State unveils prison plan

Published 12:00 am Friday, September 13, 2002

In an effort to remedy the problem of prison overcrowding, Gov. Don Siegelman's administration announced on Thursday a plan to construct a 400-inmate facility, perhaps in Bullock or Marion counties.

Prison officials in the state outlined a plan which has been presented to Circuit Judge William Shashy, who had previously set Thursday as a deadline for some plan to alleviate the backlog of some 1,350

state inmates in overcrowded county jails.

County officials sued the state in 1992 to get rid of state prisoners in county jails, and in 1998, the state agreed in court to take prisoners from county jails with 30 days after they are sentenced to state prison. The state, however, has been unable to remain firm to that commitment because of the lack of space in state prisons. Currently 1,350

state prisoners remain in county facilities past the 30-day deadline.

Covington County Sheriff Anthony Clark said he is pleased to hear about the state's plan.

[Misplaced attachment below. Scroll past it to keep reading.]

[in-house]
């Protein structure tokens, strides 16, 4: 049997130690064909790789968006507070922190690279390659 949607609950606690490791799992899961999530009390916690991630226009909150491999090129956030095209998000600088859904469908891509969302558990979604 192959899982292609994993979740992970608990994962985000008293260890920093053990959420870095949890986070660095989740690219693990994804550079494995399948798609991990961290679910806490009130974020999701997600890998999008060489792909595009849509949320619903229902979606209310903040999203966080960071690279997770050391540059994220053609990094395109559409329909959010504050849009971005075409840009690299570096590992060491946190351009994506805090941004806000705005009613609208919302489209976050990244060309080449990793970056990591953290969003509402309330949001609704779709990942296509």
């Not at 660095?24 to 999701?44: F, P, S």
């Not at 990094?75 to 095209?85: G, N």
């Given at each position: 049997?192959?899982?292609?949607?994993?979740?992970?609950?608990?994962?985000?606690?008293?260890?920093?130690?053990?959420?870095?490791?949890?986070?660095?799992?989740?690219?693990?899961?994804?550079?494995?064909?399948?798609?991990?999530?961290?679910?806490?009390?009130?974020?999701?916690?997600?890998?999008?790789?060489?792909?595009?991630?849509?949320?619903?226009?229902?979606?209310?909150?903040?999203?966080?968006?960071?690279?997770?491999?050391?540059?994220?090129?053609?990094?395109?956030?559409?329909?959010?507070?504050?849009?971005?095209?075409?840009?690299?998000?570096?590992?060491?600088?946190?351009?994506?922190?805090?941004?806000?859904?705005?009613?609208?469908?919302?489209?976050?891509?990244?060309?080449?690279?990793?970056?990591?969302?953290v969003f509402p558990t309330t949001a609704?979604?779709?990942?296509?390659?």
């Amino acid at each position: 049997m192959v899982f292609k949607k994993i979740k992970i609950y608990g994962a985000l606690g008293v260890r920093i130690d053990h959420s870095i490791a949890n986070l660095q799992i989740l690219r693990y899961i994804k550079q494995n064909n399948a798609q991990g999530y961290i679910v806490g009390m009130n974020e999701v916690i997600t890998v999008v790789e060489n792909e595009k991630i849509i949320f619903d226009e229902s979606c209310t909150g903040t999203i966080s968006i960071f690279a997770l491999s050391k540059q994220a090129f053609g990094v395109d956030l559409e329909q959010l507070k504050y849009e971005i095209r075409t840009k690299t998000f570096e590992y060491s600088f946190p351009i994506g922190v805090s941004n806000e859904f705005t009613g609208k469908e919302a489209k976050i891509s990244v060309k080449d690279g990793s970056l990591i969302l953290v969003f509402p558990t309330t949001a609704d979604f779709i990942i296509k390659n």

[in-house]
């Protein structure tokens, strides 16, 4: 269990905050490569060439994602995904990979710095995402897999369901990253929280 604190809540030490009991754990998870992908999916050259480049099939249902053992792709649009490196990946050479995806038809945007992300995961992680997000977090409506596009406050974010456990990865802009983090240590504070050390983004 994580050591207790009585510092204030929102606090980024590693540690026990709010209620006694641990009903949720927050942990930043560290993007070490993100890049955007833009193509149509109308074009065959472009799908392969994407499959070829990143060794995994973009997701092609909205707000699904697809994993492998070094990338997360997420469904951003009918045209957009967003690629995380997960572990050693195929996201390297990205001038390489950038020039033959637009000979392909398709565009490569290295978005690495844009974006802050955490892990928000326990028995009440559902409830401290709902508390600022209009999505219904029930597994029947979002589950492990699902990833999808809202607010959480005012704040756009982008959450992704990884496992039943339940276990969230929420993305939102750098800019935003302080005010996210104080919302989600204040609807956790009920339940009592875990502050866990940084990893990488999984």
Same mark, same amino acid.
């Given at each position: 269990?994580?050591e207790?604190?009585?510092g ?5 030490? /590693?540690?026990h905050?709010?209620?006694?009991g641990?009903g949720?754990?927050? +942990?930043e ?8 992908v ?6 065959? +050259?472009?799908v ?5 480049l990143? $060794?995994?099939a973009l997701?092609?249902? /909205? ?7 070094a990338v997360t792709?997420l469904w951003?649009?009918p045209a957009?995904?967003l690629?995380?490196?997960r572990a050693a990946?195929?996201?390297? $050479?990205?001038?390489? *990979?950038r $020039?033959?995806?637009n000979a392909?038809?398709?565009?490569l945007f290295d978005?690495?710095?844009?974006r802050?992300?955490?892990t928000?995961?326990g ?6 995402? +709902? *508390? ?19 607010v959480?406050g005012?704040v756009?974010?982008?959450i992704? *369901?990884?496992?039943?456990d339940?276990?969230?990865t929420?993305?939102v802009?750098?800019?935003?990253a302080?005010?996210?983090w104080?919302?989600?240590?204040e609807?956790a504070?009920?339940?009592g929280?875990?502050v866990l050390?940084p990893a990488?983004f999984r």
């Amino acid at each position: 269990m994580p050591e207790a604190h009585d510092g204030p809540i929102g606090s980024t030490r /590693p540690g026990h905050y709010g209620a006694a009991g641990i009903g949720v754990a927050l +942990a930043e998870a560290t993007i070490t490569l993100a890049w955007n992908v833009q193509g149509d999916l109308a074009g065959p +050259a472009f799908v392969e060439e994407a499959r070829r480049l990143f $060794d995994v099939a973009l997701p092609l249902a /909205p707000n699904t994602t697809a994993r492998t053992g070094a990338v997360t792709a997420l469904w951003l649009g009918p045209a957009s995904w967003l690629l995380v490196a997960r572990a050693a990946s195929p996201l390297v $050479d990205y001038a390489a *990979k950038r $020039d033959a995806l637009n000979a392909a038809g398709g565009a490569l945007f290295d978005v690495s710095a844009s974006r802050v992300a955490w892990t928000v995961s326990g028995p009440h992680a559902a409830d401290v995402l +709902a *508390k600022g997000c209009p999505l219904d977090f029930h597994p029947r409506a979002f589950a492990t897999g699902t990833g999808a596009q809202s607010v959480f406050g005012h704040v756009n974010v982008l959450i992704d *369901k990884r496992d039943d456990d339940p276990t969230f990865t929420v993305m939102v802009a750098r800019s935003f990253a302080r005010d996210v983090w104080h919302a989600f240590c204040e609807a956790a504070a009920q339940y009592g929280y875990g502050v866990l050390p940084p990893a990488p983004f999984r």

"I think (the plan) is a good one," said Clark. "We have got to do something, whether it be building new facilities or rerouting the court system. I am talking about the non-violent folks. I believe new facilities should be built and I would not mind seeing a new facility built in Covington County."

Highlights of the state's plan to at least lessen this problem include:

Building the 400-man facility, most likely at the Bullock County Correctional Facility in Union Springs or in Marion County.

Expanding community corrections programs, which have felons working in the community under close supervision rather than serving time in prison. This would allow the transfer of 100 inmates out of state prisons immediately and about 25 each month thereafter.

Adding 10 probation and parole officers so the state parole board can increase paroles.

Adding 200 beds, split between the Bullock County Correctional Facility and at Donaldson Correctional Facility in western Jefferson County, for inmates with mental health problems.

Reopen the state's old East Thomas road camp in Jefferson County to house 100 to 125 inmates who will work on state road projects.

Add other road camps at sites to be selected for nonviolent prisoners who will clean highways.

Divert nonviolent offenders into expanded drug treatment programs, where they will work and receive treatment.

The proposed 400-bed facility is slated to take nine months to construct, and the work is set to begin immediately. That facility is estimated to cost about $4 million , which will be taken from the state prison system's fiscal 2003 operating budget, which begins Oct. 1.